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Recover data from SATA HDD

Hello,

I'm after help in recovering data from a hard drive.

This drive was from an external hard drive.  The logic board got fried so I got a replacement hard drive from eBay.  The model # is identical but the firmware version is slightly different, 3.AAC (new) compared to 3.AAD (old).  The board also looks lidentical if this helps.  I tried the logic board from the replacement drive, the drive spins up OK and is recognised in a BIOS but in Windows, Ubuntu Live CD etc there's no data on the drive except for a Recyvle Bin and a System Volume Information folder.

I've also used a USB-SATA adapter, I'm asked to initialize the disk in Windows but I'm a bit scared to do that.

Am I stuffed?  I was thinking I good take the platters only out of the dead drive and put them into the replacemnt drive.  Is this even possible to do?  I don't care about the replacement drive, it only needs to work long enougfh for me to get the data off.

thanks
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brettkm
Asked:
brettkm
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1 Solution
 
DavidPresidentCommented:
Before you screw it up worse, just take it to a professional.  Chances are good that it is a total loss, however ... at least now it is a total loss.  Odds are low enough that blindly replacing a logic board would have fixed it. but with a different firmware revision, meaning potentially different sectoring / offsets, AND actually firing up the drive, you probably screwed it up to the point where it could be very expensive to recover anyway.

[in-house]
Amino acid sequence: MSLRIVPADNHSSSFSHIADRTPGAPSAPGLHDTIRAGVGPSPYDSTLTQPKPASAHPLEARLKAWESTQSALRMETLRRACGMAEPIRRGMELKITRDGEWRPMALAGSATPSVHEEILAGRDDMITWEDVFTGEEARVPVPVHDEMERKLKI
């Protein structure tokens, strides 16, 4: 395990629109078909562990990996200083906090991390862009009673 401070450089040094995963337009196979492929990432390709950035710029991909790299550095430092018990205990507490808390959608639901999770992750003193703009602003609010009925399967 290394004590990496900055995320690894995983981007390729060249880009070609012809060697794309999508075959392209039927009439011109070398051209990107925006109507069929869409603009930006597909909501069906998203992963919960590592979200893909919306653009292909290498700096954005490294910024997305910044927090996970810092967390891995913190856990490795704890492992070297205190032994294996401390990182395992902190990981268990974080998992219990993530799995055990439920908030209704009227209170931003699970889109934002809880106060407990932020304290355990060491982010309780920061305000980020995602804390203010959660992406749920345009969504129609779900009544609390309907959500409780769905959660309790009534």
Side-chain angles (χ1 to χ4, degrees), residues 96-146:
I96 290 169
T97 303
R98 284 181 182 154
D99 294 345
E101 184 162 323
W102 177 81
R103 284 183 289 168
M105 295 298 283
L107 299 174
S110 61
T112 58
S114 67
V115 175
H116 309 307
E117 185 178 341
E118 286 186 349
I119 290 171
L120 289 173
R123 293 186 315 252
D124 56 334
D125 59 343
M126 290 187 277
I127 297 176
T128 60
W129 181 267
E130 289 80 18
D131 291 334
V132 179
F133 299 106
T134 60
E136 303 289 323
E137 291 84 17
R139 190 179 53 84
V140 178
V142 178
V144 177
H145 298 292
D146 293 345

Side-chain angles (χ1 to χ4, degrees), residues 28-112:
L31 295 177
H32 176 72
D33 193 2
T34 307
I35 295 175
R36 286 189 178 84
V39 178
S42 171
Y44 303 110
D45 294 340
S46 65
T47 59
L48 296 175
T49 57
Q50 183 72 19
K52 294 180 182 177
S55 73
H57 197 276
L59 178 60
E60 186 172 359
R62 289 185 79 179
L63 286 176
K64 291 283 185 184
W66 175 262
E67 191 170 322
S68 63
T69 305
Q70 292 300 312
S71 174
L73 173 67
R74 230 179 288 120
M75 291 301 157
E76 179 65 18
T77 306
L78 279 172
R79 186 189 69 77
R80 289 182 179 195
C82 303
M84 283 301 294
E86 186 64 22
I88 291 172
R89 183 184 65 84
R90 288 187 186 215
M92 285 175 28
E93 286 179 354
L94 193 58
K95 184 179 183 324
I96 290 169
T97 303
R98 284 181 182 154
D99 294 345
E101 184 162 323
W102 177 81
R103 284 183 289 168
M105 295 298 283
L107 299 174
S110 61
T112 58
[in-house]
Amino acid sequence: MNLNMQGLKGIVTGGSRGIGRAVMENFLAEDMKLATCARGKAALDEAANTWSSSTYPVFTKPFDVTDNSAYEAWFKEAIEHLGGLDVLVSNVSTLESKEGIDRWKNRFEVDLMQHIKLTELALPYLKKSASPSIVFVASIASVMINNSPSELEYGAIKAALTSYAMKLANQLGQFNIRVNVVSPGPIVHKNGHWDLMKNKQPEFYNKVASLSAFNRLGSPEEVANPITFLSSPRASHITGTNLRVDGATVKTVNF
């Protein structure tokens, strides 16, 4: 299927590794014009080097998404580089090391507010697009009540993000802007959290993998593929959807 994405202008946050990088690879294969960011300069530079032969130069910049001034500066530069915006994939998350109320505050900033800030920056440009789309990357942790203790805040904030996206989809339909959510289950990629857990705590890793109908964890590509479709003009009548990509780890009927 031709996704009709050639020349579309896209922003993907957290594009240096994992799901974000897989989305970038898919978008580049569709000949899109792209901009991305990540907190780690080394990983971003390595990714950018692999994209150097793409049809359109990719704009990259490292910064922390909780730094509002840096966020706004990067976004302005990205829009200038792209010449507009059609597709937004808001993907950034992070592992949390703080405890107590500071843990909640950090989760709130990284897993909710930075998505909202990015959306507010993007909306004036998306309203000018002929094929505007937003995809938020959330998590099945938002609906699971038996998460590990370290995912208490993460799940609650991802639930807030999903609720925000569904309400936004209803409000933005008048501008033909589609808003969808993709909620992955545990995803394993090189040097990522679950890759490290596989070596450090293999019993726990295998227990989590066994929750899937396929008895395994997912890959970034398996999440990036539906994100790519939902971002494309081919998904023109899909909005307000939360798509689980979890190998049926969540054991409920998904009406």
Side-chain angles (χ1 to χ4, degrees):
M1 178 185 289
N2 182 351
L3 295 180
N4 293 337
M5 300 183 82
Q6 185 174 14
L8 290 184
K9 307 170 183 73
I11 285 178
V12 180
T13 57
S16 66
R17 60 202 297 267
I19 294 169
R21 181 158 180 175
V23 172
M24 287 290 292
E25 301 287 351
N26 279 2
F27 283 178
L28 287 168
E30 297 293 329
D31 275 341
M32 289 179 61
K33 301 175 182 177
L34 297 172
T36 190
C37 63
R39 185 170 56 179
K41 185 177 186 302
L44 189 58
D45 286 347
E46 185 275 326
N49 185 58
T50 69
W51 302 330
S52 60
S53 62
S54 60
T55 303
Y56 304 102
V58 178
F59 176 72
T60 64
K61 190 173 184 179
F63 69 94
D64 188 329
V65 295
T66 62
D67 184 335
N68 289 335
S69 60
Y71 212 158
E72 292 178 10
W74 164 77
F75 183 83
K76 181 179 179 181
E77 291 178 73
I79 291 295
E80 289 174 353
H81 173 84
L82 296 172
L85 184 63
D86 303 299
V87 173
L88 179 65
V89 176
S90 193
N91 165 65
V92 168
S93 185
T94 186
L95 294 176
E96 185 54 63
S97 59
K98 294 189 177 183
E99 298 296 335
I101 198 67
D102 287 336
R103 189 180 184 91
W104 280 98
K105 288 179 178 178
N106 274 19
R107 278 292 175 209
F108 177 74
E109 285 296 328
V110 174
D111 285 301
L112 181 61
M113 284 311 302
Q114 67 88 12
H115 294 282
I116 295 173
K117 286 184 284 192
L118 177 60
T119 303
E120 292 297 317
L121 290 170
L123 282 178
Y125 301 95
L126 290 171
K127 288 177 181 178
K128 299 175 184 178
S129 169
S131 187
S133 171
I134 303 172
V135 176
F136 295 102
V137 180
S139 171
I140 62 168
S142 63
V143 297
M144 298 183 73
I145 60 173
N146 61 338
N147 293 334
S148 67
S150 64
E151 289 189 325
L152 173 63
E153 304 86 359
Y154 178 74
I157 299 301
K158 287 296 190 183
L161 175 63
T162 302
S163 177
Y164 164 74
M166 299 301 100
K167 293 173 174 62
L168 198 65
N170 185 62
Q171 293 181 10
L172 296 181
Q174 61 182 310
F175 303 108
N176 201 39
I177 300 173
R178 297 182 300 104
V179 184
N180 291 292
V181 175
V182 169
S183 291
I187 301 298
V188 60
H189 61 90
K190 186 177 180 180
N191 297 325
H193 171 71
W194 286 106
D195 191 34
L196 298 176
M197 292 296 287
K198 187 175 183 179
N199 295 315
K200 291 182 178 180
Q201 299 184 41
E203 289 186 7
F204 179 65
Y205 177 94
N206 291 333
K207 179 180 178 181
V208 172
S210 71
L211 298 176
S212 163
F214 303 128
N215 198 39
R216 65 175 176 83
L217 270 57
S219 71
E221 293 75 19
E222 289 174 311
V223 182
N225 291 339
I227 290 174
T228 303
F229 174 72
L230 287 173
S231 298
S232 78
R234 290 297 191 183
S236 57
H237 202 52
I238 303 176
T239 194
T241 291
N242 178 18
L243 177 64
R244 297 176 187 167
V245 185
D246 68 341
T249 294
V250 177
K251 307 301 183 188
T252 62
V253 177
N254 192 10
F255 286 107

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brettkmAuthor Commented:
If they didn't charge what they charge, this is the first thing I would've done.
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RavaklCommented:
You can try to clon this drive with Gost or another clon programm.
Than try to use on clon one or another HDD Data Recovery Software
http://en.wikipedia.org/wiki/Recovery_software
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noxchoGlobal Support CoordinatorCommented:
Get the copy of Recuva www.recuva.com (free) or trial version of GetDataBack www.runtime.org and search for data on this drive.
If it could not find anything then professional recovery service is your only solution.
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ReclaiMeCommented:
Whatever you do, do not mess with the platters. Chances that you can do a platter transfer properly on your very first attempt are nil; moreover, the attempted and screwed up platter transfer ruins any chance for the follow-up recovery, even in a lab.
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RavaklCommented:
to ReclaiMe: I have an positive expiriens with PCB replacement. If you are carefully and using the right screwdrivers, it's never problem.



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ReclaiMeCommented:
He did the PCB swap already, with a limited success, and is now considering a platter swap. While PCB swap is relatively easy to do, platter swap is not. Especially if you are doing it for a first time ever.
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SnibborgOwnerCommented:
The other way is to use a stand alone SATA drive copier.  Drop your defective drive in one slot and an empty one in the other, press a button and voila.  No computer required.

Here's one: http://www.google.com/search?hl=en&q=SATA+drive+copier+station&meta=

Snibborg
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RavaklCommented:
sorry, I've missunderstood. It's not good idea if you want change platters (disks). It shoulbe done in special clean room and with special tools. 25 years ago it was 5% successful with the 10MB HDD's :).
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brettkmAuthor Commented:
I bit the bullet and took it to a professional.  I was hoping for a miracle solution but this was the only way.
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